She craved all the precious things she constantly discovered, but taking it all in was proving to be impossible in real time. As you grow up you need to start being your own parent, she began thinking, and didn’t let herself out of sight anymore – not for one night. There were no such things as sneaking out, running away, escaping.

She was slowly but oh, so surely, becoming her own master. She learned the inner workings of her mind after all. No part of it stayed untouched by the sharp knife of her consciousness for long. It all had to be mastered until it became lyrical. Bringing excellence out of herself was a mission she knew she embarked on for life. There was nowhere else to go, anyway.

Standing in front of the mirror for hours on end, she watched herself. Like a little artist, she could only record everything, get a good feel for the moment’s scenery and emotional tone, and add it to her catalogue of things to know. Her hands were trembling and her heart was racing with emotion, feeling spectacularly alive. The idea of such perfect control seemed like a creature in the corner of a dream, drawing closer, then vanishing, then reappearing, never less appealing than the time before.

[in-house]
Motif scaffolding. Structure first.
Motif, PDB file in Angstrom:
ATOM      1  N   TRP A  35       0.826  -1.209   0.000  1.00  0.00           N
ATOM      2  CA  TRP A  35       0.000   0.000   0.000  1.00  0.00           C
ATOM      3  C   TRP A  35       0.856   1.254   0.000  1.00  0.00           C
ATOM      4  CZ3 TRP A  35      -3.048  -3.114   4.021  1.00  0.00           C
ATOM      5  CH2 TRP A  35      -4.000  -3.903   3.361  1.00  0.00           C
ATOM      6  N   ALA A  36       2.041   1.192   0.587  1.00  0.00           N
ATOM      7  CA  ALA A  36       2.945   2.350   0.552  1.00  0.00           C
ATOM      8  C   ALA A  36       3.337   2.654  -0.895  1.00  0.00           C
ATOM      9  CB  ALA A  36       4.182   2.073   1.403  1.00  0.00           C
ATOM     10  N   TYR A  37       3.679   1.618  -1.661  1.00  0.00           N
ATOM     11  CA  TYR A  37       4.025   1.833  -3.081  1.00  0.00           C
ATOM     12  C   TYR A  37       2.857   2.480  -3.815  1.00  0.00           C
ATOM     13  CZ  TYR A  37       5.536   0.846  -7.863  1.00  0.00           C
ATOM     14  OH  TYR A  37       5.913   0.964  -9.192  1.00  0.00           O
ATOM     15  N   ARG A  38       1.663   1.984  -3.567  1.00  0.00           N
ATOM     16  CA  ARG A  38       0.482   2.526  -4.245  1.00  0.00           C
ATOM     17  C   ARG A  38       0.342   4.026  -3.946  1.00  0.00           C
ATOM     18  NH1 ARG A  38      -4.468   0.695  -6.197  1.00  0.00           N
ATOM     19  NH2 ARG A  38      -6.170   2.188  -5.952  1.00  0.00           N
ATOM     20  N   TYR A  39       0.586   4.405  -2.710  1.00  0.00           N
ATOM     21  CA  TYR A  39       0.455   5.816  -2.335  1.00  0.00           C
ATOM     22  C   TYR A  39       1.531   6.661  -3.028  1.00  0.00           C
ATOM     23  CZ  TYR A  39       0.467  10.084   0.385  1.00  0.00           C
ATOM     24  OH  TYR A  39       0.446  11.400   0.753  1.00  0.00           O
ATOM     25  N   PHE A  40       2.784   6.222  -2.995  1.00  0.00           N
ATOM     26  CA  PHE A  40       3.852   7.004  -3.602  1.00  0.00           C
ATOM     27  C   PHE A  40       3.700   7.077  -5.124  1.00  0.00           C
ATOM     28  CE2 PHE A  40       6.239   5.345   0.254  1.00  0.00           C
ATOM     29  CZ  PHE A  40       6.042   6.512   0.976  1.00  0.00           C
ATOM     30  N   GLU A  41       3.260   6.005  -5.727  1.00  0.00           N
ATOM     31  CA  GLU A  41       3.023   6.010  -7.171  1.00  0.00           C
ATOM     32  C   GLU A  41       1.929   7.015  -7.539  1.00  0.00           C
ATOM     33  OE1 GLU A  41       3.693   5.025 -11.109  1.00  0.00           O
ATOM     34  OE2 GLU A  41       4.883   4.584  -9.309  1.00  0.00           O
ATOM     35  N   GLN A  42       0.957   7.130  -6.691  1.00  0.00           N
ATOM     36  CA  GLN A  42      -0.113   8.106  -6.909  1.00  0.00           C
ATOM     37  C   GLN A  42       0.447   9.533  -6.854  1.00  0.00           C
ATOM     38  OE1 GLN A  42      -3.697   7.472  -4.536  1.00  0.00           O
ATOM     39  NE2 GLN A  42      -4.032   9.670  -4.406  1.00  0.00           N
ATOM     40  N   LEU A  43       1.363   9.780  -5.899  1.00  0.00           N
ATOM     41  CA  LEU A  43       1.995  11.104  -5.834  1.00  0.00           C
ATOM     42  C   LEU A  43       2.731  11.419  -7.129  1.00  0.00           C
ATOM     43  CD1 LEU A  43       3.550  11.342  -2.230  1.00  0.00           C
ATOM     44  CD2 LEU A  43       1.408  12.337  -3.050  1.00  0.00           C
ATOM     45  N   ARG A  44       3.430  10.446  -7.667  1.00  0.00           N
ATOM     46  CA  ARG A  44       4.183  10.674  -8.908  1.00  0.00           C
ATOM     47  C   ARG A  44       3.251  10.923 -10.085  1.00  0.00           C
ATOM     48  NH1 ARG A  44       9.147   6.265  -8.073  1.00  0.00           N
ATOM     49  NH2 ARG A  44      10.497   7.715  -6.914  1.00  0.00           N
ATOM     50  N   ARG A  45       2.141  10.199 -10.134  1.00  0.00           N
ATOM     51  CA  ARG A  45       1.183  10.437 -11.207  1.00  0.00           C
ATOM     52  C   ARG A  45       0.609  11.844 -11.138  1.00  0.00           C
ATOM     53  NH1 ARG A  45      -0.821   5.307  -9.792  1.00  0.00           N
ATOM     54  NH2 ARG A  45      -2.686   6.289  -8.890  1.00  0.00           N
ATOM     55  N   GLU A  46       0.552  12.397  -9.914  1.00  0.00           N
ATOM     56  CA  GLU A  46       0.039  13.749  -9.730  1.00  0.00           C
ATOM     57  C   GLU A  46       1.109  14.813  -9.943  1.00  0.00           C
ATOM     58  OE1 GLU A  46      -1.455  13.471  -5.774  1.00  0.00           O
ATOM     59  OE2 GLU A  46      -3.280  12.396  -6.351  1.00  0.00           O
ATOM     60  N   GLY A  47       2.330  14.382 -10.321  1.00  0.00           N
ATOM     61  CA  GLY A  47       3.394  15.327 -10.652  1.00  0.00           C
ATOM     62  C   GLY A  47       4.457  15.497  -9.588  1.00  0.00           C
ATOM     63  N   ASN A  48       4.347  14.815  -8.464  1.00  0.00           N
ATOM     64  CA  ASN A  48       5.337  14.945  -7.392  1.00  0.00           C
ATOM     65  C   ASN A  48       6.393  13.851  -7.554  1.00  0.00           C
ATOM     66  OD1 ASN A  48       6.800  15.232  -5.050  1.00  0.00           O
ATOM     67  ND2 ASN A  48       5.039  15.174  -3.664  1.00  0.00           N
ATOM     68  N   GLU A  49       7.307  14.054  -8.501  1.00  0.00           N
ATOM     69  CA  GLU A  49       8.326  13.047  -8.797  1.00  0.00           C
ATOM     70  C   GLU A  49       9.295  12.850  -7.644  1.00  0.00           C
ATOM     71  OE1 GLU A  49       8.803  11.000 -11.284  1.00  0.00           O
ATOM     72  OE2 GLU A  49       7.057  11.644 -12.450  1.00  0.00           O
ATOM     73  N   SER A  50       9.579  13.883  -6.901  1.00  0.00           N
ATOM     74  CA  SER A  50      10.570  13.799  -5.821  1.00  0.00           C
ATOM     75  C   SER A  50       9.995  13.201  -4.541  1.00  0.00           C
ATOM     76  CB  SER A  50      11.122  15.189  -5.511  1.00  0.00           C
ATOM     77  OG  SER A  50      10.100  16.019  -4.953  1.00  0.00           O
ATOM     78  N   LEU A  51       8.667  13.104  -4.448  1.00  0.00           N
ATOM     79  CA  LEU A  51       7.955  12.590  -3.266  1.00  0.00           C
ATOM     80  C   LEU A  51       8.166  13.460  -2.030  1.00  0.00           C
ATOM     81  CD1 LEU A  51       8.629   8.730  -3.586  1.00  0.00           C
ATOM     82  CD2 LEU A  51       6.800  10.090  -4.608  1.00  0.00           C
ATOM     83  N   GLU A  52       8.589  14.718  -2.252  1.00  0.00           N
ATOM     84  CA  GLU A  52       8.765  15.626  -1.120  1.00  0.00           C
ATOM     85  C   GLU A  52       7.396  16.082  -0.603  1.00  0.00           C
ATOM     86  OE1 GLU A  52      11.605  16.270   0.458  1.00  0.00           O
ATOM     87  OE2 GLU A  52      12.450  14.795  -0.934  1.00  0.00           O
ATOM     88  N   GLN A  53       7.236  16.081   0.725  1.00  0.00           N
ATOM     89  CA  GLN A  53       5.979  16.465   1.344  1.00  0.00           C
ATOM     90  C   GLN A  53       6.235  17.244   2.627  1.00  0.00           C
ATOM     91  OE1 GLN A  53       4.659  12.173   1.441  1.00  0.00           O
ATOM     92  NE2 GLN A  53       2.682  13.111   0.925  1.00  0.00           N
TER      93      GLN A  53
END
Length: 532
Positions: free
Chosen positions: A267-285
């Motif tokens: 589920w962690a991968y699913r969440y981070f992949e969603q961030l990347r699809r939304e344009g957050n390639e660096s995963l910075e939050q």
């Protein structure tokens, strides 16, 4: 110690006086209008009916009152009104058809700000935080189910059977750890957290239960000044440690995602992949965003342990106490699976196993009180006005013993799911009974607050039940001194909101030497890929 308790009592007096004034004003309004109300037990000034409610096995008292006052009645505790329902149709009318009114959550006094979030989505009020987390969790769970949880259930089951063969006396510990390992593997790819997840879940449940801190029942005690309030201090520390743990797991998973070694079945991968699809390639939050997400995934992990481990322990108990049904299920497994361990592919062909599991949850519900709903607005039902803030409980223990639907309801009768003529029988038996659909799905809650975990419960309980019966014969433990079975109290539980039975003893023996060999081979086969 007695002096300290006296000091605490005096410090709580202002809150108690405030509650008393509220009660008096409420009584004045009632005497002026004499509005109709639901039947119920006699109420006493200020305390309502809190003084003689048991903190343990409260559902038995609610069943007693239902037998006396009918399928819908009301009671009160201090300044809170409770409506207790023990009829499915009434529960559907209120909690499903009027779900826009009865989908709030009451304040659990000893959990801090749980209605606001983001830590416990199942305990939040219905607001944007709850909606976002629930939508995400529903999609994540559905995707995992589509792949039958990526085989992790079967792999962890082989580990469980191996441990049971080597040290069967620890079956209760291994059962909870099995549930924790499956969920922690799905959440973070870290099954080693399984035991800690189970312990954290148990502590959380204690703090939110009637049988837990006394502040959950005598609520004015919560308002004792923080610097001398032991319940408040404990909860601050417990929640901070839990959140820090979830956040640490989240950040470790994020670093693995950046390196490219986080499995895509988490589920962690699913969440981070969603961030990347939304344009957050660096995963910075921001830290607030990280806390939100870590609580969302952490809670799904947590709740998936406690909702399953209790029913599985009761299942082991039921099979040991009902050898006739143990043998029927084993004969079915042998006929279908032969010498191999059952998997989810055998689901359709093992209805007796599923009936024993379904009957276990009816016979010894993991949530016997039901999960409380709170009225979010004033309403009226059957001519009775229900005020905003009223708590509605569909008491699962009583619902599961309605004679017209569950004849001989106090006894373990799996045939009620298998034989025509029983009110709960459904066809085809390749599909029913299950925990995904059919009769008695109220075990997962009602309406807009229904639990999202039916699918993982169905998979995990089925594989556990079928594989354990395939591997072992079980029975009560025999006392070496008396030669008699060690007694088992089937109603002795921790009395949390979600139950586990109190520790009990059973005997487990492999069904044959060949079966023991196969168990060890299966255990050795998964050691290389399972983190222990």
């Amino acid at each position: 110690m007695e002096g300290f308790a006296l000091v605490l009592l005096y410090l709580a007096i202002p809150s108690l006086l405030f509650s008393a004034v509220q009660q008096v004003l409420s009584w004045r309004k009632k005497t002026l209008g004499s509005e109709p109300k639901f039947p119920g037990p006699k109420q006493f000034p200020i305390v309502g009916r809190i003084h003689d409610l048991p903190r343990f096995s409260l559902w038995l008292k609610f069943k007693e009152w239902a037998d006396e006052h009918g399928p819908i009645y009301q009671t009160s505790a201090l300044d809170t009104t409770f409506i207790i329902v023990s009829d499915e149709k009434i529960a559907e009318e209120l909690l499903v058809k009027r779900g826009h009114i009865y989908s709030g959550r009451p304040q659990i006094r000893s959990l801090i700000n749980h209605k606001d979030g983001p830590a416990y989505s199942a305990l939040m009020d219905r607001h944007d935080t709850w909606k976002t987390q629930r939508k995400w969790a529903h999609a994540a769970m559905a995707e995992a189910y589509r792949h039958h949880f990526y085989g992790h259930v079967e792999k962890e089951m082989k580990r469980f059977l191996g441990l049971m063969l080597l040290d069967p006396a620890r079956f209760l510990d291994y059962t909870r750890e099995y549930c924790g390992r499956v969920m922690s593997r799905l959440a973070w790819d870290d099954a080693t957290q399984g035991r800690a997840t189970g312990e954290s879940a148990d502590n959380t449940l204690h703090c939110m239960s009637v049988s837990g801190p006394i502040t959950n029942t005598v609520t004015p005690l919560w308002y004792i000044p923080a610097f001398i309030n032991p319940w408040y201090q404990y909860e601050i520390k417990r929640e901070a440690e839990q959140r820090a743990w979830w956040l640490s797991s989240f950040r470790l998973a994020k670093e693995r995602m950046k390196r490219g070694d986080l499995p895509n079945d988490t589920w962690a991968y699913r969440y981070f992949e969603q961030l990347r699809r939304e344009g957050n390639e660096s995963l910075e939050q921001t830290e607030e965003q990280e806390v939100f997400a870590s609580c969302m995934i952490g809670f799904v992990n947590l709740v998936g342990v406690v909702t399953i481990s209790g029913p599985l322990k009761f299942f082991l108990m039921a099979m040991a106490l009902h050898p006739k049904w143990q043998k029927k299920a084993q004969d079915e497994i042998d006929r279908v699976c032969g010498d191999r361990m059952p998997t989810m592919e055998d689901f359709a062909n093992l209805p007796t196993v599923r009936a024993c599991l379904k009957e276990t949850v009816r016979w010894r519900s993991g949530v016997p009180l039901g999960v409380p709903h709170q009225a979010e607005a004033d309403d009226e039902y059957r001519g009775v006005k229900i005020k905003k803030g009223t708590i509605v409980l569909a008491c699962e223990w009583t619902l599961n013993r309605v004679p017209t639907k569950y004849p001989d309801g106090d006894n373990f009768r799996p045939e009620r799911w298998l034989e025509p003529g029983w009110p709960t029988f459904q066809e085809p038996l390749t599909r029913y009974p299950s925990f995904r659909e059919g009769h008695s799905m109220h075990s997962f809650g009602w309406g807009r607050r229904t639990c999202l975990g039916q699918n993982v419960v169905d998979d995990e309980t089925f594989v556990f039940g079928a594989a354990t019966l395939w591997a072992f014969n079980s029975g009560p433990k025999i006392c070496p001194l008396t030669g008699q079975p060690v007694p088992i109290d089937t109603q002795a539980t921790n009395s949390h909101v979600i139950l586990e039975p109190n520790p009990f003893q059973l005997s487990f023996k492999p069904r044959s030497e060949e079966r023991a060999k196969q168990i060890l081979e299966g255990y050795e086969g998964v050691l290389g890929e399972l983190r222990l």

She was a lonely highway, going straight into the great unknown. She was also the only one on the road, driving with the speed of happiness, she believed, for she felt smart and wise for learning how to drive the reckless out of her mind. Nobody saw, but she didn’t need to be seen; what she needed was to feel, and then to keep. But she felt too much, and could hold on to too little.

In time, she learned how to stop her shakes and push her demons down when she was scared, using numbness as a silencer for cynicism. It was a rare and wise thing to do, she believed. She possessed a beautiful quality over everyone else who seemed to pay no real attention to the world. She was winning herself over; but she was also losing. What was she, the master of herself, to do with her wildness anymore? It had to be tamed, or it would crave sunlight and novelty, and she couldn’t take in any more things from life. Life had given her so much that she was already filled up to the top. Then life kept giving, and giving, and she kept shrinking in front of it. She was controlling, possessive with her gifts, she wouldn’t release a thing that she could own instead. But she was also choking, bending, breaking. And closing.

It didn’t take long until the weight of the world became too much, and she shut her gates. Whatever the outside world was made of that fascinated her, it was now shut out. She took only what was necessary, and erased the door when her masterpiece was complete. What little was left of her wildness was too silent to be heard, and hurt too little to damage her creation. Nothing could affect her, no revelation, no crime.

She could not crack her soul wide open anymore, like the little girl used to when she thought she had become interesting and full of wonder. She was like a sad story, like leaves in the street. She repeated herself like a song.